A.R. Lord and Later Idealist Political Philosophy

 

If T.H. Greenís Lectures on the Principles of Political Obligation can be described as the primary text in political philosophy of the first generation of the British Idealist tradition, and Bernard Bosanquetís The Philosophical Theory of the State (1899) as the principal text of the second generation, then The Principles of Politics (1921) Ė by the English-South African philosopher, A.R. Lord (1880-1941) Ė may be said to be the most substantial text of the third generation.

†††††††††††††† Lordís political theory is clearly in line with that of Green and Bosanquet. It explores several of the same themes and Lordís writings were aimed at a largely non-specialist audience. Yet Lordís work in political philosophy is particularly interesting, since it covers a period from just prior to the first world war to the beginning of the second world war.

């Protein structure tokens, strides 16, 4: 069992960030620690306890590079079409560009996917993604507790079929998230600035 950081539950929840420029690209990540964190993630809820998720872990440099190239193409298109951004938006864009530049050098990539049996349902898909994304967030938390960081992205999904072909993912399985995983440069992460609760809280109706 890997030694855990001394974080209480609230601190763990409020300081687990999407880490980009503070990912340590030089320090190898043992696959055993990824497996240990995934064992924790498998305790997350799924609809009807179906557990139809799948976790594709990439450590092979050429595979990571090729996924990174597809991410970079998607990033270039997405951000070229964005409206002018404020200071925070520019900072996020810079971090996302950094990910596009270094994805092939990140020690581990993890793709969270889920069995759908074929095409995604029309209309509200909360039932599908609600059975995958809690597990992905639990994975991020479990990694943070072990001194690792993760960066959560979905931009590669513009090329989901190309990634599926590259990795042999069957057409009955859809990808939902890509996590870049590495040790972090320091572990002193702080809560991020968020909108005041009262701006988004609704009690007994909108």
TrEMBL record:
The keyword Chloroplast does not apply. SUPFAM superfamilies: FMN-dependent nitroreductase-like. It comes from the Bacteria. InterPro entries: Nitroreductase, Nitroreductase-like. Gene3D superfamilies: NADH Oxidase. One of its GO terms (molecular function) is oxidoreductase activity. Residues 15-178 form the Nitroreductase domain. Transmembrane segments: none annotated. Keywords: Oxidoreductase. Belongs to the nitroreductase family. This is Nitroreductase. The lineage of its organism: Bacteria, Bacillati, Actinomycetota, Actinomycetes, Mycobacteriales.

†††††††††††††† As a whole, however, Lordís philosophical and political views are little known; most of what he wrote is only just being published.

In this paper, I want to introduce Lordís political philosophy Ė particularly as it concerns two topics on which his contribution differs significantly from those of his predecessors: democracy and freedom. This will also serve to indicate some of the important ways in which an idealist political philosophy responded to the wide range of political and economic crises of the early 20th century.

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